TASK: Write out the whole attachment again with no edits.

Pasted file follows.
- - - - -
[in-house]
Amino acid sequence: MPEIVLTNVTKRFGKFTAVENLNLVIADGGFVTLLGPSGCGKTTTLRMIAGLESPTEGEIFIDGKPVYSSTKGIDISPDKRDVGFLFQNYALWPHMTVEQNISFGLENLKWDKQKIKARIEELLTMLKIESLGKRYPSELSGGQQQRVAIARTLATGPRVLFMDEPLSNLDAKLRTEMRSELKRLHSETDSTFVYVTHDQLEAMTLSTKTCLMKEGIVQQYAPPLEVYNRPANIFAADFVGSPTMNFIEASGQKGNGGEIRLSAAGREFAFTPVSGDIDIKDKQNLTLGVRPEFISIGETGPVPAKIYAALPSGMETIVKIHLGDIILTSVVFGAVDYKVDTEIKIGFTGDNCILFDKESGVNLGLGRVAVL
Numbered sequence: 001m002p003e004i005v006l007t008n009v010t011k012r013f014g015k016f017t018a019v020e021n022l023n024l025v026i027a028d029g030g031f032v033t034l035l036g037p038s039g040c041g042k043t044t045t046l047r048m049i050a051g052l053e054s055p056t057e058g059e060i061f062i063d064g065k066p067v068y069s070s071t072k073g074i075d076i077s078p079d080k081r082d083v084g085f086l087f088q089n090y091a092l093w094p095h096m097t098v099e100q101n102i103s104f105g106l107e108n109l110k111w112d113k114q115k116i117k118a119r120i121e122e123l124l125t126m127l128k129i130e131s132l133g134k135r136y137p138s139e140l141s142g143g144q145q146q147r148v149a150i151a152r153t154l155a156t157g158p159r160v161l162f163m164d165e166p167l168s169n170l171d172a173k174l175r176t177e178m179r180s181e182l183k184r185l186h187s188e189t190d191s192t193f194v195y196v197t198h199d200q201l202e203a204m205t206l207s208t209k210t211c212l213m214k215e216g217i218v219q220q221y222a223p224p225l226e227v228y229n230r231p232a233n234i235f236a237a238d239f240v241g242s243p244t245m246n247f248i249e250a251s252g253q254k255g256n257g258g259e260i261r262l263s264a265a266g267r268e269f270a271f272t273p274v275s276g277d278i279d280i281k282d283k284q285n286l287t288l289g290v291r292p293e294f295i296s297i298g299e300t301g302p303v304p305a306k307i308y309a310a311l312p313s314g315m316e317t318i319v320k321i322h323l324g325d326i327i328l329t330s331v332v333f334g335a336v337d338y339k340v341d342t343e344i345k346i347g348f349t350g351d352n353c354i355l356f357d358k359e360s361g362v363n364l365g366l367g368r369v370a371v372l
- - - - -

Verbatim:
[in-house]
Amino acid sequence: MPEIVLTNVTKRFGKFTAVENLNLVIADGGFVTLLGPSGCGKTTTLRMIAGLESPTEGEIFIDGKPVYSSTKGIDISPDKRDVGFLFQNYALWPHMTVEQNISFGLENLKWDKQKIKARIEELLTMLKIESLGKRYPSELSGGQQQRVAIARTLATGPRVLFMDEPLSNLDAKLRTEMRSELKRLHSETDSTFVYVTHDQLEAMTLSTKTCLMKEGIVQQYAPPLEVYNRPANIFAADFVGSPTMNFIEASGQKGNGGEIRLSAAGREFAFTPVSGDIDIKDKQNLTLGVRPEFISIGETGPVPAKIYAALPSGMETIVKIHLGDIILTSVVFGAVDYKVDTEIKIGFTGDNCILFDKESGVNLGLGRVAVL
Numbered sequence: 001m002p003e004i005v006l007t008n009v010t011k012r013f014g015k016f017t018a019v020e021n022l023n024l025v026i027a028d029g030g031f032v033t034l035l036g037p038s039g040c041g042k043t044t045t046l047r048m049i050a051g052l053e054s055p056t057e058g059e060i061f062i063d064g065k066p067v068y069s070s071t072k073g074i075d076i077s078p079d080k081r082d083v084g085f086l087f088q089n090y091a092l093w094p095h096m097t098v099e100q101n102i103s104f105g106l107e108n109l110k111w112d113k114q115k116i117k118a119r120i121e122e123l124l125t126m127l128k129i130e131s132l133g134k135r136y137p138s139e140l141s142g143g144q145q146q147r148v149a150i151a152r153t154l155a156t157g158p159r160v161l162f163m164d165e166p167l168s169n170l171d172a173k174l175r176t177e178m179r180s181e182l183k184r185l186h187s188e189t190d191s192t193f194v195y196v197t198h199d200q201l202e203a204m205t206l207s208t209k210t211c212l213m214k215e216g217i218v219q220q221y222a223p224p225l226e227v228y229n230r231p232a233n234i235f236a237a238d239f240v241g242s243p244t245m246n247f248i249e250a251s252g253q254k255g256n257g258g259e260i261r262l263s264a265a266g267r268e269f270a271f272t273p274v275s276g277d278i279d280i281k282d283k284q285n286l287t288l289g290v291r292p293e294f295i296s297i298g299e300t301g302p303v304p305a306k307i308y309a310a311l312p313s314g315m316e317t318i319v320k321i322h323l324g325d326i327i328l329t330s331v332v333f334g335a336v337d338y339k340v341d342t343e344i345k346i347g348f349t350g351d352n353c354i355l356f357d358k359e360s361g362v363n364l365g366l367g368r369v370a371v372l